SPECIAL EDITORIAL EDITORIAL ESPECIAL
Dengue fever and the urban environment
Roberto de Andrade Medronho
Núcleo de Estudos de Saúde Coletiva/UFRJ
The introduction of dengue virus serotype 3 in december, 2001 led to the largest and most severe epidemic of the disease in Brazil, with more than 1.2 million cases reported in 2001 and 2002, in addition to the concurrent circulation of serotypes 1 and 2. After this period, the endemic-epidemic process remained mainly in large metropolitan regions of the country, also contributing to the spread of the disease to other cities. Several features contributed to the spread of the Aedes aegypti to these regions. The disorderly urbanization process, generating high demographic density regions with severe deficiencies in water supply and urban sanitation, the intense interchange of people between urban areas, and fundamentally, the inefficiency in fighting the vector made controlling dengue an arduous task.
The great complexity of this anthropic environment makes it essential to rethink the disease control strategy. The mechanism of production of the disease requires the adoption of integrated policies in several sectors, and not only health. One should bear in mind that although dengue fever is clearly related to the health sector, it is not a specific problem of this sector. Moreover, the policies to fight the disease must extrapolate the municipal scope in these large metropolises. In fact, the integration of actions to control the vector should begin within health departments themselves, given that in many of them disease surveillance is not integrated to entomology surveillance. An appropriate initiative could be the integration of the Yellow Fever and Dengue Information System (Sistema de Informações de Febre Amarela and Dengue SISFAD) with the National System for Reportable Conditions (Sistema de Informações de Agravos de Notificação SINAN). This could help the adoption of measures of containment by reporting suspect cases opportunely.
Today, there are technologies for stratifying municipalities according to risk areas, with the definition of specific indicators (entomological, epidemiological and socio-environmental) to improve actions. In this fashion, the utilization of geographical information systems may become a powerful tool to support dengue prevention and control actions.
So far, the only controllable element of dengue's epidemiological chain is its vector. In this sense, it is necessary to invest in research to study in further detail the behavior of the Aedes aegypti. The knowledge of the productivity of the various types of breeding sites in the urban environment, of environmental conditioning factors, and of the presence and dynamics of the dengue virus in mosquitoes is very relevant to understand the disease transmission dynamics.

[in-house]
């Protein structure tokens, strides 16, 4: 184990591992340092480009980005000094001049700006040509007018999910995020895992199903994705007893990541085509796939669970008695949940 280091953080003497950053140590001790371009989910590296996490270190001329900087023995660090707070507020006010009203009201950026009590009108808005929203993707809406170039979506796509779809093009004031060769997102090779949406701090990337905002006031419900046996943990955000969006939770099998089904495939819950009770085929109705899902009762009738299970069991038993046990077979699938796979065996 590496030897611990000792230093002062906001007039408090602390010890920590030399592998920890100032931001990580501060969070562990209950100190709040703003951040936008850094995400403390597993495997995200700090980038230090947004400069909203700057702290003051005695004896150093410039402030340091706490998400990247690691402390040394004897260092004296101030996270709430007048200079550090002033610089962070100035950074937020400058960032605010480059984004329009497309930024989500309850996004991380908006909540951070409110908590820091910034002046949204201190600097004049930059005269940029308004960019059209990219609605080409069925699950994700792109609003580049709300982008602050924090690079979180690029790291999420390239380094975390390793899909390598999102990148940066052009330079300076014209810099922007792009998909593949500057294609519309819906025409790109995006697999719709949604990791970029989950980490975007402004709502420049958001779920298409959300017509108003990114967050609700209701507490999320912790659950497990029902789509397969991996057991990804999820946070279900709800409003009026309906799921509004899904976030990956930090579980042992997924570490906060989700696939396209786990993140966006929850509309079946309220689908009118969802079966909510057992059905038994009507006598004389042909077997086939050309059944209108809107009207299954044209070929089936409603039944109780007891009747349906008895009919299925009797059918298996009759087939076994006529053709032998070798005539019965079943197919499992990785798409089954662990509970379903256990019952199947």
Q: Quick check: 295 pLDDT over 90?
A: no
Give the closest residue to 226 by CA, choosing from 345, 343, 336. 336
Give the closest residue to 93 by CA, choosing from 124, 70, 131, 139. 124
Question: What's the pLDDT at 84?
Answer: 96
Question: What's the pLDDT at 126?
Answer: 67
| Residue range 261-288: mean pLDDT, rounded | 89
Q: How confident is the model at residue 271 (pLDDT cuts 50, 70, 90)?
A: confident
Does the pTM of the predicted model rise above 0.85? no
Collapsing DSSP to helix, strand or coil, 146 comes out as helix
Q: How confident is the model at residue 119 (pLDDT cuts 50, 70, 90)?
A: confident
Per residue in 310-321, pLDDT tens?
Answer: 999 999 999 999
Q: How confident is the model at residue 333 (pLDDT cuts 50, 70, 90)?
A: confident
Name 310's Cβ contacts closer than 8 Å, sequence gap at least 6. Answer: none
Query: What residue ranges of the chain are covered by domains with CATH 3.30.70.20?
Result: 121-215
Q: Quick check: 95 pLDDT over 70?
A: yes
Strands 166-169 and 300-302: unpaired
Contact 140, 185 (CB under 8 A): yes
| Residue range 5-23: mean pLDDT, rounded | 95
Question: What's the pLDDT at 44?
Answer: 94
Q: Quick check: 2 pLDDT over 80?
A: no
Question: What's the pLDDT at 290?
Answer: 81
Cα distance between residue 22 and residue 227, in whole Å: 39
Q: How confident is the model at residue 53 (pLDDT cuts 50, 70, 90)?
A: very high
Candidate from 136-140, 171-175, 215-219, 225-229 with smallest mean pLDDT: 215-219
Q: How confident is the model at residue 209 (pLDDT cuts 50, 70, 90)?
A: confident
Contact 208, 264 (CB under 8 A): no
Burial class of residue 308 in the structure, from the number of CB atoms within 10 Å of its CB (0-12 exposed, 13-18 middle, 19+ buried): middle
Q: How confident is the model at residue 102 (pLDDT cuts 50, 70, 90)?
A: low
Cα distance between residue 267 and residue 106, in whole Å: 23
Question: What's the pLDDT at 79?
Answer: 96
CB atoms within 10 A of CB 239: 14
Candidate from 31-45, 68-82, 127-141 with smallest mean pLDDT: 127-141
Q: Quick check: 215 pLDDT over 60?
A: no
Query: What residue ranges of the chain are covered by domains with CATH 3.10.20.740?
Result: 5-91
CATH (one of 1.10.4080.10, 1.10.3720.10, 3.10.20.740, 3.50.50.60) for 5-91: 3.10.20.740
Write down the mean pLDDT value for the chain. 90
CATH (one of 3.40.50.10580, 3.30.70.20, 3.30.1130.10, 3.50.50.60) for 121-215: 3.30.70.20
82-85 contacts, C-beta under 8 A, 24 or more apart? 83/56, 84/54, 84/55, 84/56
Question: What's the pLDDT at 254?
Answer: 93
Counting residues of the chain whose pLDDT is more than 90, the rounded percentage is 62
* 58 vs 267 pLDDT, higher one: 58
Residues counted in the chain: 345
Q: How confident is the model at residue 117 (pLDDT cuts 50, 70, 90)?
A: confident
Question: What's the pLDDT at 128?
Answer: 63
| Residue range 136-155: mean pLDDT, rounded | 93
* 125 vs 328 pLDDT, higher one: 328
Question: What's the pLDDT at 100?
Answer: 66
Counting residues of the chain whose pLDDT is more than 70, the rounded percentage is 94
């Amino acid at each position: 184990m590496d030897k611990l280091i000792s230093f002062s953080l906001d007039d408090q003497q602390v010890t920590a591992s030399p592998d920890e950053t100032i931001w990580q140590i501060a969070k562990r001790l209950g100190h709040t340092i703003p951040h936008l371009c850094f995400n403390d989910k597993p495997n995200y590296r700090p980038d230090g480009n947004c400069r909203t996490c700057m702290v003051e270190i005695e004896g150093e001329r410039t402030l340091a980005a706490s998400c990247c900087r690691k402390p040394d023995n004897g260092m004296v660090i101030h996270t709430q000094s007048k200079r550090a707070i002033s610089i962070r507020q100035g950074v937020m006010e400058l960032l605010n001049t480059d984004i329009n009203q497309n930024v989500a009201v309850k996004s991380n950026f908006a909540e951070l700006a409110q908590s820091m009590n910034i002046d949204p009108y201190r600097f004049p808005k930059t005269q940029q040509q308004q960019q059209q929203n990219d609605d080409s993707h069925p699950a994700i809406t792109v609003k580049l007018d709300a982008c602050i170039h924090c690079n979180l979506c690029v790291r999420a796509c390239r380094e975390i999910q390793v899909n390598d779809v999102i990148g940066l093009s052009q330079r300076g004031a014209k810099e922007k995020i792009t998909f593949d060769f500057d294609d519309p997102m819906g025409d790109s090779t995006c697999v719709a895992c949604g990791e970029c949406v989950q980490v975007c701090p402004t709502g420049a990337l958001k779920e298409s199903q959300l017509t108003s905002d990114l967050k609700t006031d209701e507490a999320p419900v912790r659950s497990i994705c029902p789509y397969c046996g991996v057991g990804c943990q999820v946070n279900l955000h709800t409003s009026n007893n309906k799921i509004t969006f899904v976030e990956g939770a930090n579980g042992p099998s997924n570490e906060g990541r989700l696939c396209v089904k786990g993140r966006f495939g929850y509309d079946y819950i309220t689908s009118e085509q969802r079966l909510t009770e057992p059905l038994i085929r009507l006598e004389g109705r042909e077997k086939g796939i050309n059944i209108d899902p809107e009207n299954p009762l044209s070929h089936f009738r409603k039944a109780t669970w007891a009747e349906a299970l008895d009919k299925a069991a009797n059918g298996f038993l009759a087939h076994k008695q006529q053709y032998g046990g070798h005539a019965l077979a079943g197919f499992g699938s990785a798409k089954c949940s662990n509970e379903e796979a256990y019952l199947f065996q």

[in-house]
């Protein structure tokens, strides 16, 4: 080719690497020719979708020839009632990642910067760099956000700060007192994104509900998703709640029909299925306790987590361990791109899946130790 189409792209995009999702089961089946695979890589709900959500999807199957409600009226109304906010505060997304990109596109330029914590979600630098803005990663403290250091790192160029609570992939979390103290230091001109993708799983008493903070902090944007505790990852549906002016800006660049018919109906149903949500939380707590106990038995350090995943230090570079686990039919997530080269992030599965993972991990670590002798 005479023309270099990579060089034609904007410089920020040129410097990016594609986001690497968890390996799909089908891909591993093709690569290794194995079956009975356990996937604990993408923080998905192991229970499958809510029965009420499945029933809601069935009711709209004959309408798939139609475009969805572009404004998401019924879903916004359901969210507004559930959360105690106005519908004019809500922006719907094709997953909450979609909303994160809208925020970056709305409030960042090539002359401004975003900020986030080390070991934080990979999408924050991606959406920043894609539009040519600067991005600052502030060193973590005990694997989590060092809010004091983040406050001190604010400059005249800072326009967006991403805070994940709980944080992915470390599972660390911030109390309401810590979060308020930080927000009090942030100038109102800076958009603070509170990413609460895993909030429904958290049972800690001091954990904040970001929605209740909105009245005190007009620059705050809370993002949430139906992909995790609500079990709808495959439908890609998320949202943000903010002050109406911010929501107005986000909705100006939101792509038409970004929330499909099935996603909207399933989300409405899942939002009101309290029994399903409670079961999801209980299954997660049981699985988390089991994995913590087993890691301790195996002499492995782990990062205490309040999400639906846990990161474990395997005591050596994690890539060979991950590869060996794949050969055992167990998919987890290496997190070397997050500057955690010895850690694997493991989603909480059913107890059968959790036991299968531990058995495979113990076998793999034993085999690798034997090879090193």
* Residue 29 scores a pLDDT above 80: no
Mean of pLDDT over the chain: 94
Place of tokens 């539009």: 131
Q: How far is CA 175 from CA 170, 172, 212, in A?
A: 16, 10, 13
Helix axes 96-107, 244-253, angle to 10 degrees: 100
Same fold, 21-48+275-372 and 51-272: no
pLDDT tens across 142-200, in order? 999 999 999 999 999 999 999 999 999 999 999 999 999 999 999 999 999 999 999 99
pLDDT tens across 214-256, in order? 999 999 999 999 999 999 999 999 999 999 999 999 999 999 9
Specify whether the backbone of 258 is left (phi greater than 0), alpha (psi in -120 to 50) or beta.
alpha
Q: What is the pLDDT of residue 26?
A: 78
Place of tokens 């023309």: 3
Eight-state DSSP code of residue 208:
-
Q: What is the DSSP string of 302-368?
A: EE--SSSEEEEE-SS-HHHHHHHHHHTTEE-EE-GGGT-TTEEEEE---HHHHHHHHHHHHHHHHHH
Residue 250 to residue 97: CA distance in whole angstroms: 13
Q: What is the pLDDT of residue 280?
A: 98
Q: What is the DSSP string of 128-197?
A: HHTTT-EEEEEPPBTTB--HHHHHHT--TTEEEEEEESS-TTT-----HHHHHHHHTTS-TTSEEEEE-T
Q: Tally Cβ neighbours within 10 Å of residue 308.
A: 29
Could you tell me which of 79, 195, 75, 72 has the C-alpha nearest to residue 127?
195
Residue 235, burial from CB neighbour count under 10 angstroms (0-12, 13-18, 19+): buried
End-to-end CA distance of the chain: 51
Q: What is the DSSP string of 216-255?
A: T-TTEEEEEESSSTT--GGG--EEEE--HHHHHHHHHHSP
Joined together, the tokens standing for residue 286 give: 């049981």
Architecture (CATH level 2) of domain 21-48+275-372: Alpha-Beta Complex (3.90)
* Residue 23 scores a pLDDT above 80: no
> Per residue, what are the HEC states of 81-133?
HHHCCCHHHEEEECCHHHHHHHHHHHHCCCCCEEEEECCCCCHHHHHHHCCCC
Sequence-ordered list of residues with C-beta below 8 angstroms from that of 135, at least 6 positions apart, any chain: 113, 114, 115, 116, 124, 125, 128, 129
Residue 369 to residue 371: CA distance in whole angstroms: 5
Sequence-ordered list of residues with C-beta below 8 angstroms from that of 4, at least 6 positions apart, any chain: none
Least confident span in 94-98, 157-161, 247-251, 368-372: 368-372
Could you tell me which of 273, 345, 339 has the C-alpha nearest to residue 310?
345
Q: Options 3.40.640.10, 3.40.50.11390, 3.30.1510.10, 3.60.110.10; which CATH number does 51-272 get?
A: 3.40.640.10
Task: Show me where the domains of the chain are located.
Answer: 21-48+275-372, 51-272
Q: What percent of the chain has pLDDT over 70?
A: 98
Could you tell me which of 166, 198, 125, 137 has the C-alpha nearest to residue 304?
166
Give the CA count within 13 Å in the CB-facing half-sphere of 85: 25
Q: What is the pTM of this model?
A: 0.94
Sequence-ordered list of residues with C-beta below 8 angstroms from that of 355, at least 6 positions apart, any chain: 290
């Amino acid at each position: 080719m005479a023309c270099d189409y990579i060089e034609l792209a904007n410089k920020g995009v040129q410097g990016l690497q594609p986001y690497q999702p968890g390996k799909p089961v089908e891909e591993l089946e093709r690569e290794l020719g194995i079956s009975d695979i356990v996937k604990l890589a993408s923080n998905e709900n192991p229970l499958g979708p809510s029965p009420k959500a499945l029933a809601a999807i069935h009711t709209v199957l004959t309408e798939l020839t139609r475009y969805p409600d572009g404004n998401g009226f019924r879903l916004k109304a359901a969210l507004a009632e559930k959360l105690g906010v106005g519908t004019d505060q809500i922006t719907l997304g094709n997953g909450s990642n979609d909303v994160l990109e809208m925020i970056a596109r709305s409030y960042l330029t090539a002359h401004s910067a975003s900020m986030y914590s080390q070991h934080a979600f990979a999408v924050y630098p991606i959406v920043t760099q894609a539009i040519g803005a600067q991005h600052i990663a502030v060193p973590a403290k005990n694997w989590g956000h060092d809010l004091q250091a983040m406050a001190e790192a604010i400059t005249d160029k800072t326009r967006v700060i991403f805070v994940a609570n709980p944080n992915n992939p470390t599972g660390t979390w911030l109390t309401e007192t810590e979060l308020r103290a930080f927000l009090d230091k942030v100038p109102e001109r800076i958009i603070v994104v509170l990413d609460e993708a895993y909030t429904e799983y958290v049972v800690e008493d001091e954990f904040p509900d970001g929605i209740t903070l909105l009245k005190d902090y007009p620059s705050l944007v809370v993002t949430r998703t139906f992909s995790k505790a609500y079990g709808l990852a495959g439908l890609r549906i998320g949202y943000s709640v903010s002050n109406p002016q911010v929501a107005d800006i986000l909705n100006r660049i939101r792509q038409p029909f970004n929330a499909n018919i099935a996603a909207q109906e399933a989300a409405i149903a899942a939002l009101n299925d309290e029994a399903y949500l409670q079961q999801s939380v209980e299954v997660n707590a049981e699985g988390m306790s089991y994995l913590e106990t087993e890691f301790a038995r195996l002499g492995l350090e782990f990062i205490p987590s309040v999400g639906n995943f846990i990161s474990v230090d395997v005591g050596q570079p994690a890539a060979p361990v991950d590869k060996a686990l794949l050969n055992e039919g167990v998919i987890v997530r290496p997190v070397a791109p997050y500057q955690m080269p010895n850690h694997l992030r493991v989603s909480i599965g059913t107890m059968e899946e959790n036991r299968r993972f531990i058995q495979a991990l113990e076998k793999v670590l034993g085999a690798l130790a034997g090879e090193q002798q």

The strategies to control the vector try to prioritize locations with a large number of breeding sites with immature forms of the mosquito. An issue that is currently being discussed is the productivity of foci. Small foci do not seem to be very important in the production of the adult form and, consequently, in disease transmission. Therefore, there may be other sites with a large number of small foci that tend to have low productivity of adult forms of the vector. On the other hand, a single large focus may have high productivity and thus also contribute to the generation of small foci of the mosquito. Educational actions could be directed preferably toward large foci. In this sense, it is critical to analyze the productivity of Aedes aegypti breeding sites, by calculating the emergence of adult females, taking into consideration the number of pupas collected in recipients. The estimate of productivity could define risk areas more accurately and contribute to optimize vector control actions.
The Ministry of Health has taken an appropriate initiative to provide access to information on the vector through the quick identification of the building infestation index, which should be maintained and expanded to other municipalities. These data should be made available by the Ministry of Health with the necessary break-down in order to acknowledge rates by site, and not only municipal averages that eventually tone down differences between municipalities.
Up to now, unfortunately, the modulation of the epidemic process has been a function of group immunity and not of efficient vector control. Therefore, with the circulation of serotype 4 in nearby or even border countries such as Venezuela, there is a risk of re-introduction of this serotype, which allied to a susceptible population and high vector density would be the ideal ingredients for a new explosive epidemic process. In this scenario, the key for not having an explosive epidemic is efficient vector control. There is still time, although political will seems to lack in many instances.
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